Formally entering the 2016 Presidential race on Sunday, Hillary Clinton is the favorite (and only official) candidate in the Democratic field. She’s got broad support among women and other traditional Democratic voters. Yet immigrant advocates are skeptical about her politics. If elected president, would Hillary continue Obama’s deferred action programs? Would she prioritize comprehensive immigration reform? What exactly is Hillary Clinton’s stance on immigration reform, and what steps must she take in the coming months to win the pro-immigrant vote?

“We’re not going to simply coronate any Democratic candidate just because they’re popular,” Cesar Vargas, co-director of the Dream Act Coalition, told the National Journal.

Immigration advocate groups have made good on that threat in the past, even disrupting Democrats during campaigns. In Barack Obama’s 2012 reelection campaign, immigrant advocates punished him for delaying his 2008 promises to reform the immigration system. Dozens protested outside his campaign offices in swing states, including a hunger strike in Colorado. In 2016, pro immigrant votes will look back at two Obamas, the the first-term president who set records for deportation, and the second-term president who implemented aggressive measures to help millions of undocumented residents.

“[Obama] has deported more undocumented immigrants than any other president and the Morton Memo is a failure,” said DREAM Activist Javier Hernandez in 2012. “President Obama is going after the Latino vote, but he must show that he cares about our community and the issues that are most important to us.”

Latinos overwhelmingly support immigration reform, and pathway to citizenship for undocumented immigrants, and deportation relief. If Hillary wants to win the Latino vote overwhelmingly, she’ll have to identify closer with the 2015 Obama than the 2012 Obama. With potential competition from Hispanic or pro-immigration republicans, what won’t be a guarantee. As a New York Senator, Hillary voted with the Democratic center. She voted for a border fence, but against English as an official language, for the DREAM Act, but also against visas for immigrant laborers. Drawing a clear line between herself and Republican presidential hopeful Marco Rubio, she voted to increase family-based immigration visas. Rubio has said in speeches that he supports immigration that is based on “merit.” However, others in the Republican field might match or exceed her commitment to immigration reform. Jeb Bush for example, supports immigration reform that give legal status to undocumented immigrants.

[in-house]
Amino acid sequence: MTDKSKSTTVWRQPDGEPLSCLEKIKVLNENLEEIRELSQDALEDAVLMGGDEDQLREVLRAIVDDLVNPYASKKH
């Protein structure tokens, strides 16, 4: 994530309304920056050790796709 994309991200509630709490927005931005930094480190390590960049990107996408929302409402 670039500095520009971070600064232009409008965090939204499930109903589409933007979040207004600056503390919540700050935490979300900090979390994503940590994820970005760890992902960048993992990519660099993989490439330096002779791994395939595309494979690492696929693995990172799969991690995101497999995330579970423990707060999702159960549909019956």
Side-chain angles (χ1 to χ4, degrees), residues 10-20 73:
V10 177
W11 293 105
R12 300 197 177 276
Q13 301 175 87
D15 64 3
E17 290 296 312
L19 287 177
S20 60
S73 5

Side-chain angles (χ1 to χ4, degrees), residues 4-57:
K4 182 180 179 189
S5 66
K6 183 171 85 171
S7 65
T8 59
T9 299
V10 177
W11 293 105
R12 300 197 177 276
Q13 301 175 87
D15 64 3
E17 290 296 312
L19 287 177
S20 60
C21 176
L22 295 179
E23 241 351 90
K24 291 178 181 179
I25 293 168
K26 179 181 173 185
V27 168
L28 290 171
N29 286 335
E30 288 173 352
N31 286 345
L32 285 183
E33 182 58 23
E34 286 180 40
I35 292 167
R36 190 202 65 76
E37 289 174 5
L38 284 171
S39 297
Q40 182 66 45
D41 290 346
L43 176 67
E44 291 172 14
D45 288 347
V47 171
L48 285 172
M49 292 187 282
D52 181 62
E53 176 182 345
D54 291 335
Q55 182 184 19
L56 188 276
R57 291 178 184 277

“It would be a mistake to say that Hillary Clinton is the Latino candidate,” Arturo Carmona, executive director of Presente.org told the National Journal. “She has a lot to prove, and frankly, there’s a long list of concerns that she has to address, and it starts with her stances on ending the massive deportation program that continues in this country.”

Hillary Clinton hasn’t made many strong statements on immigration in recent years, and she certainly hasn’t hinted at ending America’s deportation program. That extreme immigration position --essentially scrapping ICE-- is unlikely to make it’s way into Hillary’s platform. However, she could win over immigration advocates by stating her position on other aspects of immigration even more clearly. She supported comprehensive immigration reform in 2007, just like then-Senator Barack Obama. What immigration advocates want to know is sif she would put immigration on the backburner, or elevate it on her agenda. Until a couple of months ago, it wasn’t even clear if she supported executive action on immigration. But clear “yeses” will help rally the Democratic Latino base.

"I support the president's decision to begin fixing our broken immigration system and focus finite resources on deporting felons rather than families," she said in a statement in November of 2014.

Aside from stating her positions more clearly, she may want to revisit older positions that she held as a senator. For example, as a presidential candidate in 2007, Hillary tended to tergiversate on or outrightly oppose driver’s licenses for undocumented immigrants. (She argued that the IDs would put immigrants “at risk, because that is clear evidence that they are not here legally.”) Those licenses are available in half a dozen states, and embraced by the pro-immigrant community. “Evolving” on small issues like licences might signal to immigration advocates that she’s worth their time, not just at the polls, but on the rolls of her volunteer staff, rallying their communities and turning out voters.